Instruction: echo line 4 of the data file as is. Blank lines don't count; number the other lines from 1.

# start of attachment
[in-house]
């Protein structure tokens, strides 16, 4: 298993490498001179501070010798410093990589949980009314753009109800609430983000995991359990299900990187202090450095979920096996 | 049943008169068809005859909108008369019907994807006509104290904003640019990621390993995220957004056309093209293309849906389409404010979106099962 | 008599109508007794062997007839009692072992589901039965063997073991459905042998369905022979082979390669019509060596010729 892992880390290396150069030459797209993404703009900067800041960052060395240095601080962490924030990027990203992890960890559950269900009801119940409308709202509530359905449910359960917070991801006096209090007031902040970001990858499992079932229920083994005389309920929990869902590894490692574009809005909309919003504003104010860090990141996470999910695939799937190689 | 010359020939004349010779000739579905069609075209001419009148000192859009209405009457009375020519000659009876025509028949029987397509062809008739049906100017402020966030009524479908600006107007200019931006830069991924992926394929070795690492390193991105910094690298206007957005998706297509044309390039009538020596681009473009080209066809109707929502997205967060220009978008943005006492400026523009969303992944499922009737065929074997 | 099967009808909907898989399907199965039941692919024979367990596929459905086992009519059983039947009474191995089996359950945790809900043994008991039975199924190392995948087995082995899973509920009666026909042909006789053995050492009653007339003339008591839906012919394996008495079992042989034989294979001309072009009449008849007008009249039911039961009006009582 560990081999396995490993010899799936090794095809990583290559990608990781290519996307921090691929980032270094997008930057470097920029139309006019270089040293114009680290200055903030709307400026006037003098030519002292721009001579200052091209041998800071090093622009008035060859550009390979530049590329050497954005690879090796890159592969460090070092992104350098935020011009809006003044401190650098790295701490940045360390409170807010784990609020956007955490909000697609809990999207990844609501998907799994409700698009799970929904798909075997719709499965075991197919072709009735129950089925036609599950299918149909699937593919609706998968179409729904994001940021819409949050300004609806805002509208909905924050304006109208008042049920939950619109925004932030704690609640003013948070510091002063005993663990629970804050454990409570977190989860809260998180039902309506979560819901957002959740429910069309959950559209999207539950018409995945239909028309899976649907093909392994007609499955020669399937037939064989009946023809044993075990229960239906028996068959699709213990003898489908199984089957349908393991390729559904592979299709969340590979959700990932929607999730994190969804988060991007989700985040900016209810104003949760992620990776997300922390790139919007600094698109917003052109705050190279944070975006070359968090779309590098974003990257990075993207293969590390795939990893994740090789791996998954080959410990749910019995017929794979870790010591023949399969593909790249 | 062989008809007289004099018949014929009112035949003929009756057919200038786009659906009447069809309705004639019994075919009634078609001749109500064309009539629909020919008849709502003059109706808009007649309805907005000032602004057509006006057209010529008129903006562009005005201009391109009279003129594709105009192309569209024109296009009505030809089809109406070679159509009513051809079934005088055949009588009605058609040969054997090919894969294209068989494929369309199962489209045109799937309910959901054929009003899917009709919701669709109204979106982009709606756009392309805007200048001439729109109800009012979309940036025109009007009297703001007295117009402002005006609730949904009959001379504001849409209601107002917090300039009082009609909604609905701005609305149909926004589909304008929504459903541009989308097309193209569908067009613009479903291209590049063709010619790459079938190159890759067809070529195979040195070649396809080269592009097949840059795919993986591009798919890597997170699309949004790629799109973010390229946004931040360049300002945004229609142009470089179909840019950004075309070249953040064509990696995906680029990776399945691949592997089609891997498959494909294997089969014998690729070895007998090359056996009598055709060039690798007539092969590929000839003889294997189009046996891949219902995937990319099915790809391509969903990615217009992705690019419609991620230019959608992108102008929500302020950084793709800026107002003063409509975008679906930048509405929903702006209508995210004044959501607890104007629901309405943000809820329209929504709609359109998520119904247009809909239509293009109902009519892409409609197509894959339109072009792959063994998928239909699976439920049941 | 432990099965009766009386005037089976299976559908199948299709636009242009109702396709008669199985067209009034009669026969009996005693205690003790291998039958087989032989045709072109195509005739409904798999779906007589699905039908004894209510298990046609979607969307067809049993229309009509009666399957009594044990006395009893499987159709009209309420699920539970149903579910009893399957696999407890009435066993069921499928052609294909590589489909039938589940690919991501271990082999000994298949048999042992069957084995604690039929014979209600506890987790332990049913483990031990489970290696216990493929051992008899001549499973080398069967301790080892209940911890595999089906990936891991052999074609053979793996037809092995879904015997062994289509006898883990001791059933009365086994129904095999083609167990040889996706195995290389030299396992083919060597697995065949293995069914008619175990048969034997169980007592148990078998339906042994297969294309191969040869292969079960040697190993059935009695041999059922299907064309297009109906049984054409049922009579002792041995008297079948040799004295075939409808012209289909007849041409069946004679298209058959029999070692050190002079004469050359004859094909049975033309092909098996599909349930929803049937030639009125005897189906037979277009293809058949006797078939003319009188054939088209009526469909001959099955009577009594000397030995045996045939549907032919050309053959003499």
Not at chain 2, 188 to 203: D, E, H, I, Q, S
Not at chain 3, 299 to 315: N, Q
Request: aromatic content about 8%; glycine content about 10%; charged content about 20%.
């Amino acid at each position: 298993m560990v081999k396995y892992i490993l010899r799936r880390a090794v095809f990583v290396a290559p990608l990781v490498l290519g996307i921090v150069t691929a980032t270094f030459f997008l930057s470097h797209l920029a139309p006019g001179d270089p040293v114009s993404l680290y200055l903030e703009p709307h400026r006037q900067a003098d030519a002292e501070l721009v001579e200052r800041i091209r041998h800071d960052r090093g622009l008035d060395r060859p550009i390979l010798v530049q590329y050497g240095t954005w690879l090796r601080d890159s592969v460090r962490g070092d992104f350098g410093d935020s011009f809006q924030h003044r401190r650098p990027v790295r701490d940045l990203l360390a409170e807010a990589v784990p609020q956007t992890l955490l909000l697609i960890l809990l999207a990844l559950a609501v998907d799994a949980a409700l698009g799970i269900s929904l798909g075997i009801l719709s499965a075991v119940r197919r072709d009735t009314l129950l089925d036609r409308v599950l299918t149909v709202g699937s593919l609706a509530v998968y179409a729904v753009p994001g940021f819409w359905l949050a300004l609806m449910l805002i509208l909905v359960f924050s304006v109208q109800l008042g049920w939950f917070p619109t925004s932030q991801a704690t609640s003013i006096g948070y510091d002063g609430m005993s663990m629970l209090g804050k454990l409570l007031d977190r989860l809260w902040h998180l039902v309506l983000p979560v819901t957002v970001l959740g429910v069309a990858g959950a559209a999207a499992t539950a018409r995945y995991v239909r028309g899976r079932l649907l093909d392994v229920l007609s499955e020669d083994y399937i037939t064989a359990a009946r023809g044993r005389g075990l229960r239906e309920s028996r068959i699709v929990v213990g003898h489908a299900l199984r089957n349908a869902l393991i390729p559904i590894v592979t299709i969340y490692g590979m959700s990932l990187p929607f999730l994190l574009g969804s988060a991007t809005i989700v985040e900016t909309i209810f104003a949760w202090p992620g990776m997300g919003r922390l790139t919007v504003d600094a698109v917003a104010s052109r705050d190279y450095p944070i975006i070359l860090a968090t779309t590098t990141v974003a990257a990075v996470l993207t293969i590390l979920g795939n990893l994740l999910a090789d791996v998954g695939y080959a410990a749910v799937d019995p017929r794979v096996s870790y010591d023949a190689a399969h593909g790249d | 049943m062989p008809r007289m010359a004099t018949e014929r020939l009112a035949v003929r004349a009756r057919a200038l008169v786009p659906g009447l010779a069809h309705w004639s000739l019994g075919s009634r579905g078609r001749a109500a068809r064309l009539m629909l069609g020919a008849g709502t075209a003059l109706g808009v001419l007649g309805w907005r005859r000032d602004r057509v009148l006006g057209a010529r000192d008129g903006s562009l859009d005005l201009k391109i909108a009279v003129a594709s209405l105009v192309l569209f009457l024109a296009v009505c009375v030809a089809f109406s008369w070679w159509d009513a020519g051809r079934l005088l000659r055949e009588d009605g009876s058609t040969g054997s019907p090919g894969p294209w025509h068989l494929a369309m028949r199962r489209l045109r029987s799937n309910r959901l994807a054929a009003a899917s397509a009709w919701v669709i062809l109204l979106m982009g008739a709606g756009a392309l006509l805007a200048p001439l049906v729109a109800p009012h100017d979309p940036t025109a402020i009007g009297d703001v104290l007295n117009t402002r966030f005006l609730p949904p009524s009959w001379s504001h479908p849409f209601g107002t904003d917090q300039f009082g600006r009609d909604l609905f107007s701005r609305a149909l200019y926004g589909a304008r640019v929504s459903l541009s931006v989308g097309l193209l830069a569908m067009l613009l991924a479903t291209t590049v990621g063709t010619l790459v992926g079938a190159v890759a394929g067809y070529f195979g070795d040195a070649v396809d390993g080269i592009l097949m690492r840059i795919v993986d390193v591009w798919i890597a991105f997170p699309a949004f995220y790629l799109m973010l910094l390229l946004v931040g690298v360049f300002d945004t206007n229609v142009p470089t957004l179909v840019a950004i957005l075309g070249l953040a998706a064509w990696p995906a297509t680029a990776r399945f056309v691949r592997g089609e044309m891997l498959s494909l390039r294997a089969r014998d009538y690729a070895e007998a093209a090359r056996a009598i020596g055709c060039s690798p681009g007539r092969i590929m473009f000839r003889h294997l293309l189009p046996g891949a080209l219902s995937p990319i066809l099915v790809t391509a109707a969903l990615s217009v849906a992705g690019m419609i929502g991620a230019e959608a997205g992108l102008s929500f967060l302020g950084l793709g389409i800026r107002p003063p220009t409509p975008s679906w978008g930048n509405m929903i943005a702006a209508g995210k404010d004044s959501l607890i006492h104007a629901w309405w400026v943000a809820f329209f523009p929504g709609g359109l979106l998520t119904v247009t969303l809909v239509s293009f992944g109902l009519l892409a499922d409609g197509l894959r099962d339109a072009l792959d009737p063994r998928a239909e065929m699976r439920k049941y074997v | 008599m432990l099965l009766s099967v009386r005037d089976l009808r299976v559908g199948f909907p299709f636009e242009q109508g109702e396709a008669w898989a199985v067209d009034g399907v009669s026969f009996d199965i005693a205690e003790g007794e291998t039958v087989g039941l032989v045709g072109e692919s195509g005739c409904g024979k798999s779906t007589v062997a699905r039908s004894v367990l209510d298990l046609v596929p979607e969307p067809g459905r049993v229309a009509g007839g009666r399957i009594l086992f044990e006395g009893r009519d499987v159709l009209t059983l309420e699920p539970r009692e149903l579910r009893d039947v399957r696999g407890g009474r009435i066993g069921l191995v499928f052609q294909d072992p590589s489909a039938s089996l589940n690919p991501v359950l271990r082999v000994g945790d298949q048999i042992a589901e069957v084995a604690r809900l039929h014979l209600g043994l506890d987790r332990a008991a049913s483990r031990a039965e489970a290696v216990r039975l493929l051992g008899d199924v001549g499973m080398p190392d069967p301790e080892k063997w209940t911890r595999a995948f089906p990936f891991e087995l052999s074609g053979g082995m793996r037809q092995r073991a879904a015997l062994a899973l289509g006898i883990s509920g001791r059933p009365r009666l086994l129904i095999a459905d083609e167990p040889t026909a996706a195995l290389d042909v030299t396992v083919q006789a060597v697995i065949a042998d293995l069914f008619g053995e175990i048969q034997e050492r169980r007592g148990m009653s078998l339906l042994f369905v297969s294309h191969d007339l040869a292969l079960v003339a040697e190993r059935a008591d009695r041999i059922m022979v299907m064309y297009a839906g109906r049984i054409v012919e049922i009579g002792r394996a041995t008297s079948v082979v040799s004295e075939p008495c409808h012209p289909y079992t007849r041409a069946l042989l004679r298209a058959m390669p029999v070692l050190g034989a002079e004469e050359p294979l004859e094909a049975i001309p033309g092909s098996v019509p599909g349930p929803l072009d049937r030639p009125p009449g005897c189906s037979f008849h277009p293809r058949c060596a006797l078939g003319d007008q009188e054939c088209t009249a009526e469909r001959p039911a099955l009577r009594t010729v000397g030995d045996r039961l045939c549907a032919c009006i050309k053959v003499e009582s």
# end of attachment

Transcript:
Not at chain 3, 299 to 315: N, Q